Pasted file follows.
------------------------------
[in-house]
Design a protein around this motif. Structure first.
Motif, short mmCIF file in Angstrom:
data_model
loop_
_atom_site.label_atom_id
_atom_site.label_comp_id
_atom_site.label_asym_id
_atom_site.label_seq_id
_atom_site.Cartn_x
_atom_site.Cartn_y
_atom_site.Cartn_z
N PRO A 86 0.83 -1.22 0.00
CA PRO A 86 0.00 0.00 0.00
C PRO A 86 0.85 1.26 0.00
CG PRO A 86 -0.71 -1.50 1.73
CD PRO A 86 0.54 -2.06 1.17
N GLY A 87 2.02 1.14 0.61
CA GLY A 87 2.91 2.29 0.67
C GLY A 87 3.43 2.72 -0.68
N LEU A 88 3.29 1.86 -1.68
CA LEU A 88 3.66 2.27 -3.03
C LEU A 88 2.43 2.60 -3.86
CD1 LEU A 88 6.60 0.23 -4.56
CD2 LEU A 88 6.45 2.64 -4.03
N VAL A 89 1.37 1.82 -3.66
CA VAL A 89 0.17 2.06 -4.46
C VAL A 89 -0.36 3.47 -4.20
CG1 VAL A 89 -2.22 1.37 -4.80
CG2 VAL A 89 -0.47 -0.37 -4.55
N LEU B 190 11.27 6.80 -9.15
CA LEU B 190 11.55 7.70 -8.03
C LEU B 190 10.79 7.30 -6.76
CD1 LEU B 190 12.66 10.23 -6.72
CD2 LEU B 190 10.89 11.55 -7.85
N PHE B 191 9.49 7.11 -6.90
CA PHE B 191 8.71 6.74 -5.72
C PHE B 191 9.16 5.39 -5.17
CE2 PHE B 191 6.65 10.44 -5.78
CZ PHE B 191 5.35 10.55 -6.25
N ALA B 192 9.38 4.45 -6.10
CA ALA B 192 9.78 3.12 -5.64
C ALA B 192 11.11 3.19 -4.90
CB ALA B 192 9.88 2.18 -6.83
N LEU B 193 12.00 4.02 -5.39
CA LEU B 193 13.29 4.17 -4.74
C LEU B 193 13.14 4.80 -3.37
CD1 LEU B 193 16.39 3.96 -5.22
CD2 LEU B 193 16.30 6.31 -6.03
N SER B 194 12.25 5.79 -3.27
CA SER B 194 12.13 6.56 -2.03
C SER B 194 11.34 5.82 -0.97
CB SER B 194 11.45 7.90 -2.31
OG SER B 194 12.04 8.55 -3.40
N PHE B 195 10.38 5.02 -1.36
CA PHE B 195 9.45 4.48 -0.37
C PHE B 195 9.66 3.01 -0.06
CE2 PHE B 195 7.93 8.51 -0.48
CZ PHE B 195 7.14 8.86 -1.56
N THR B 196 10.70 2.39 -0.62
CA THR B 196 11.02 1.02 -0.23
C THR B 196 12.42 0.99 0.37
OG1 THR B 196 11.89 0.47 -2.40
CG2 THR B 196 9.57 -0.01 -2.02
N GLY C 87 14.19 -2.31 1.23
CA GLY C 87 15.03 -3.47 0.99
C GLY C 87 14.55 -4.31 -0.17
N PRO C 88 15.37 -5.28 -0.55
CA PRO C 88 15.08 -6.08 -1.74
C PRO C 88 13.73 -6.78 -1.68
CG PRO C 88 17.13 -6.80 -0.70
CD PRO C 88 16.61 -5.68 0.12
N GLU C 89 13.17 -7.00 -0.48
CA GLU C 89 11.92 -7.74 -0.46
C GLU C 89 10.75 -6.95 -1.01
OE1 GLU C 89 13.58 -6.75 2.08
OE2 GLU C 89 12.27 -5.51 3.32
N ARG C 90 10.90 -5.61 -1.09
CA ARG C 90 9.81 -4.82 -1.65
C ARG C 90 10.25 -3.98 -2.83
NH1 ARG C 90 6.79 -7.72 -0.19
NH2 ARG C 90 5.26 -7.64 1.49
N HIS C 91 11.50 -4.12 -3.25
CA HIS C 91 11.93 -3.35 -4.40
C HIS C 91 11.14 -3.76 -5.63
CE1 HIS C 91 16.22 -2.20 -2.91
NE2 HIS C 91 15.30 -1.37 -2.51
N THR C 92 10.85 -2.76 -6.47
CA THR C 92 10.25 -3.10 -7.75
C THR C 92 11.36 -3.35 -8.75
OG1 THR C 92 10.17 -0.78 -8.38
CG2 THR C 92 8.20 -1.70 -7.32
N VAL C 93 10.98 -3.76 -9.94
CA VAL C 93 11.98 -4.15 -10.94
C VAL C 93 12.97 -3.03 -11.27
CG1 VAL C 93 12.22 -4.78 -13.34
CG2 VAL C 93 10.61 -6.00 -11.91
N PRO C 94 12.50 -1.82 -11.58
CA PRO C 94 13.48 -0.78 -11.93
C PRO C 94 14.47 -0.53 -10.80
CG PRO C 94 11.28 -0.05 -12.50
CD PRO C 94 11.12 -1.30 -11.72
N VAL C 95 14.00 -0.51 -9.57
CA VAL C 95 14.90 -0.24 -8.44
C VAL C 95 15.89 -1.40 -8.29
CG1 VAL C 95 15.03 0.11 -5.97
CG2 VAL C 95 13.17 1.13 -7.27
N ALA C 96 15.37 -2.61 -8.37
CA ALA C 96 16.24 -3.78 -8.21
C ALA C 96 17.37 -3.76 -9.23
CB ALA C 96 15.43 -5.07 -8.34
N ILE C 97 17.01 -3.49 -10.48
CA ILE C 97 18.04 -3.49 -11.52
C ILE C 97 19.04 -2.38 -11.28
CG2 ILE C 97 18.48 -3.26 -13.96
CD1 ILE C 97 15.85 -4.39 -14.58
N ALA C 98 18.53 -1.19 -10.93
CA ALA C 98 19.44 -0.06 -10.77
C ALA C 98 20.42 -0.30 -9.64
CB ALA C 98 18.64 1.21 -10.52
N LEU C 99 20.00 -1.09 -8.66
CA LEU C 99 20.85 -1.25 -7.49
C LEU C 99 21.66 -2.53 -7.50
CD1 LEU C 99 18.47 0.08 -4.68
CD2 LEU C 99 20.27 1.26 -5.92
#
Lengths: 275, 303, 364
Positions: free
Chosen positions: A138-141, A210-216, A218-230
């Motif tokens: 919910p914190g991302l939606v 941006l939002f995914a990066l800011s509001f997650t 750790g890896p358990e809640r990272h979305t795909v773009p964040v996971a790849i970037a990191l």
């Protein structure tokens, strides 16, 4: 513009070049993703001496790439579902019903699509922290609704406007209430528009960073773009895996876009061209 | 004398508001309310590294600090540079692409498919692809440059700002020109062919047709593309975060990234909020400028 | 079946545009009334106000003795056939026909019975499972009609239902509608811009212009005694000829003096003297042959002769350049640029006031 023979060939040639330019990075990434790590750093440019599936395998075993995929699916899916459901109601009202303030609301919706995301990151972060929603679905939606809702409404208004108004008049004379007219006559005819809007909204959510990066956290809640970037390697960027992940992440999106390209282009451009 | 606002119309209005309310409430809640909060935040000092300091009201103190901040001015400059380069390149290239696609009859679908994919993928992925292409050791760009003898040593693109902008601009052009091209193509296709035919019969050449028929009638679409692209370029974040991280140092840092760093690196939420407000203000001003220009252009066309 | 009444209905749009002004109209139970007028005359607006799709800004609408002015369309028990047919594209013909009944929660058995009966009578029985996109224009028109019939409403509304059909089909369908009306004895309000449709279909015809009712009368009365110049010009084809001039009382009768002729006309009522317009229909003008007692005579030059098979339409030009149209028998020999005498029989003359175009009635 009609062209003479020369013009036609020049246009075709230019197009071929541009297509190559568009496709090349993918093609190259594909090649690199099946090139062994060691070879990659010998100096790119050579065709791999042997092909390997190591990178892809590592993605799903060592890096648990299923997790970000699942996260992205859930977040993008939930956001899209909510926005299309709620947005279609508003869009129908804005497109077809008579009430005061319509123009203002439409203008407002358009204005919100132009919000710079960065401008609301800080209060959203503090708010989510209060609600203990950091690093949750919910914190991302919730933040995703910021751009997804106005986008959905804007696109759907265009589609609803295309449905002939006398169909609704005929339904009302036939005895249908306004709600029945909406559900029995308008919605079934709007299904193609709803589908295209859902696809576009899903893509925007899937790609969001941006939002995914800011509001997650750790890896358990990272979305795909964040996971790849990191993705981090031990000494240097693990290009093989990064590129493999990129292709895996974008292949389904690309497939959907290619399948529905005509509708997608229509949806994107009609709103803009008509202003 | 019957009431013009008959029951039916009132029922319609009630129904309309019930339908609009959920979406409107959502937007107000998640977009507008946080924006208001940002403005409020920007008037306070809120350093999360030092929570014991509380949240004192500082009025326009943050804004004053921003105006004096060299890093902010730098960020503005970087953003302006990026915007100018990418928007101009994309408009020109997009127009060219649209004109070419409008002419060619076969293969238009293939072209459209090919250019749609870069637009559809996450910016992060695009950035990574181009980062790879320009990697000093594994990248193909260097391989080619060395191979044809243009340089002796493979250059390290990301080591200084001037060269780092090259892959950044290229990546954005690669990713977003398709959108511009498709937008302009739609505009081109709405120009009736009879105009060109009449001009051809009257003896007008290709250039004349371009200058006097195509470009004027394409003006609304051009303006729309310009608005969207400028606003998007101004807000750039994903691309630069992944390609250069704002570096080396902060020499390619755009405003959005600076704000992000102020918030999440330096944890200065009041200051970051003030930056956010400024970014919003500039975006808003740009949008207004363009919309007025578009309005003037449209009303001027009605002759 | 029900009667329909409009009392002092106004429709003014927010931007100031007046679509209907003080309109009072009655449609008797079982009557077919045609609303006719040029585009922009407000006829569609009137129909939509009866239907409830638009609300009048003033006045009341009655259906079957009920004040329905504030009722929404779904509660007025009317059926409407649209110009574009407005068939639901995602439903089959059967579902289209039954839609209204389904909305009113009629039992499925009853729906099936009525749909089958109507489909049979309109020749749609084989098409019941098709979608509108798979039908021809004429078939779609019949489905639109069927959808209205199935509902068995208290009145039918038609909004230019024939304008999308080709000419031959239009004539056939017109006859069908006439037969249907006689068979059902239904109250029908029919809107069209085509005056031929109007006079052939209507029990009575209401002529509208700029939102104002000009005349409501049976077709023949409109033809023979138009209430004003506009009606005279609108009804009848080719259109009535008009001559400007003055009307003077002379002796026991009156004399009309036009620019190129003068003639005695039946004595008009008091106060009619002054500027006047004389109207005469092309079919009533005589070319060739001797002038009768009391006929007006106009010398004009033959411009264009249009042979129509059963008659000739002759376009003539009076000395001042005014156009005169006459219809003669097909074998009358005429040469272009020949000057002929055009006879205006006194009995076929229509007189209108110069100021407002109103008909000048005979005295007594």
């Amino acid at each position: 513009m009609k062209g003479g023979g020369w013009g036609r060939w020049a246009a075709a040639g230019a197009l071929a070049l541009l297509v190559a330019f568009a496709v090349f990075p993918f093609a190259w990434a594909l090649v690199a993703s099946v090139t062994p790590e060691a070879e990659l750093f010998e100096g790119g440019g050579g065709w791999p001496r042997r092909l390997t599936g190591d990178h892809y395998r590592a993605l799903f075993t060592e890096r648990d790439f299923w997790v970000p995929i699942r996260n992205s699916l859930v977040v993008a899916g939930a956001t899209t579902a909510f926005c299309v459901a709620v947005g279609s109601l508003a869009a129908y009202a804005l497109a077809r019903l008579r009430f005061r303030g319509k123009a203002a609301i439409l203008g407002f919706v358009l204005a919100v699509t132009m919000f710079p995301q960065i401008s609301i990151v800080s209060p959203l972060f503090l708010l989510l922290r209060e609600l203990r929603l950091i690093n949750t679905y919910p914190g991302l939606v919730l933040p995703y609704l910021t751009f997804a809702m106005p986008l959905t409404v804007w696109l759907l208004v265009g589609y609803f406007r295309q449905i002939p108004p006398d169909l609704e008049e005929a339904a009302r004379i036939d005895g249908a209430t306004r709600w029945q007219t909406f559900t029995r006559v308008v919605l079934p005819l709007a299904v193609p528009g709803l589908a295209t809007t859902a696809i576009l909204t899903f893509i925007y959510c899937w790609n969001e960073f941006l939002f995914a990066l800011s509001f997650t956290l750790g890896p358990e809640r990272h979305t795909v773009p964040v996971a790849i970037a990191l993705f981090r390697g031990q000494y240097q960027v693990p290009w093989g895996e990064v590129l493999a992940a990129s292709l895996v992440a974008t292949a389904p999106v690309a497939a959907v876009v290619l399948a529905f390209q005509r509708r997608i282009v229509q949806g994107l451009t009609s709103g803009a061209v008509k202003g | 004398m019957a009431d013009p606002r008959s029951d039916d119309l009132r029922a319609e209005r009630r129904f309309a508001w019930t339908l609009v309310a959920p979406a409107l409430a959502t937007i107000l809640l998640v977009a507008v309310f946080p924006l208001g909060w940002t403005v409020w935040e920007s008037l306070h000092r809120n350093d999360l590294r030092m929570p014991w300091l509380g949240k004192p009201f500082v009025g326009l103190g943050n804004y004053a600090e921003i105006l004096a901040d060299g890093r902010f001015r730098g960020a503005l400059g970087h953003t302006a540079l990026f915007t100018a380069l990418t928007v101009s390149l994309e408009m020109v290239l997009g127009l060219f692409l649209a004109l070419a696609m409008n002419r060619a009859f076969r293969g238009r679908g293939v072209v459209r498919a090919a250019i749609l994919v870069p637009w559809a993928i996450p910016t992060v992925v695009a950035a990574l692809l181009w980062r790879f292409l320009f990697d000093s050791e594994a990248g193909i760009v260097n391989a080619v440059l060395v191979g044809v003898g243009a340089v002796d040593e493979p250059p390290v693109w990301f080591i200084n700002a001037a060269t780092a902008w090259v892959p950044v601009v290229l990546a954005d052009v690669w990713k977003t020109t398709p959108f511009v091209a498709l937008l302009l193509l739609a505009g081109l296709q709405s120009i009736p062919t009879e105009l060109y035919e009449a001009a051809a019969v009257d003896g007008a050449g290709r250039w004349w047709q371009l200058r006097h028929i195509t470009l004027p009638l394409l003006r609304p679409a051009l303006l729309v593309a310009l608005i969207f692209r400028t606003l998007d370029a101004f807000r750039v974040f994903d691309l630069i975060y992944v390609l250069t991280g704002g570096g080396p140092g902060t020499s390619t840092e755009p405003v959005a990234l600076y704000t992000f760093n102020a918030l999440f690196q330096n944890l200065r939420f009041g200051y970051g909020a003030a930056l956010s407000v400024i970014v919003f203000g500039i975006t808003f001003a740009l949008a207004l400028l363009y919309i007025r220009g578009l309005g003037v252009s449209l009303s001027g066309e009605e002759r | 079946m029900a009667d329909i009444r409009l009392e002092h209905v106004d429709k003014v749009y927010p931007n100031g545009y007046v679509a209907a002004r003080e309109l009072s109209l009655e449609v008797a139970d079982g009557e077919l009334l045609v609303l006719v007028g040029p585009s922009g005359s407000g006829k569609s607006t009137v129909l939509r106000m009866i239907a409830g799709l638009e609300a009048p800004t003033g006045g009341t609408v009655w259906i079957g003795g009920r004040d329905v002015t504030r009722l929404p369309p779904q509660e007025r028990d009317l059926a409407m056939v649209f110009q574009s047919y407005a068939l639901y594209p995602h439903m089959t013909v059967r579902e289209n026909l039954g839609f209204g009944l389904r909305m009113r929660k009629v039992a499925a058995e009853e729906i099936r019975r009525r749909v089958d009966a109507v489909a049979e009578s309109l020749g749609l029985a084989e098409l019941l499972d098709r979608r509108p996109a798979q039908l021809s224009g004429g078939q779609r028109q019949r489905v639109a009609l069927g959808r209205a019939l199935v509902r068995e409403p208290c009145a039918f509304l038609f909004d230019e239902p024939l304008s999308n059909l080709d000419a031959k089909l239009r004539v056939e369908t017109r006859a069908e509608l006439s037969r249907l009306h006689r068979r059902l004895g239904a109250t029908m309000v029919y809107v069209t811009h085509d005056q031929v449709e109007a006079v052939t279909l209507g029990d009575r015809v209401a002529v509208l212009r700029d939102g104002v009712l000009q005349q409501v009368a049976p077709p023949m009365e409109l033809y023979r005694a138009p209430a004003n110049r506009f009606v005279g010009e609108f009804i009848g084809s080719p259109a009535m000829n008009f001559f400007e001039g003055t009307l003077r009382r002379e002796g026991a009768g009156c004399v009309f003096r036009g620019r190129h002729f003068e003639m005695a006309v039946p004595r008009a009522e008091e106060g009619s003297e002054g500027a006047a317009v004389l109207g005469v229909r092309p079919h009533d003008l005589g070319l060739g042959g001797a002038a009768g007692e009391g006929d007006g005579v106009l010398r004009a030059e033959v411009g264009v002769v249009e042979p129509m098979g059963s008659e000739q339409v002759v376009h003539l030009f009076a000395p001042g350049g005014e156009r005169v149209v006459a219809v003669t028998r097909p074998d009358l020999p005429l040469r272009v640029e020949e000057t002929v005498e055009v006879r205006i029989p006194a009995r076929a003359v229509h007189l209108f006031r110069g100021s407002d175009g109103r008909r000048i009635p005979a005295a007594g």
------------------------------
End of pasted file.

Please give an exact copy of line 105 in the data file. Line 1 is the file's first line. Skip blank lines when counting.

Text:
C VAL C 95 15.89 -1.40 -8.29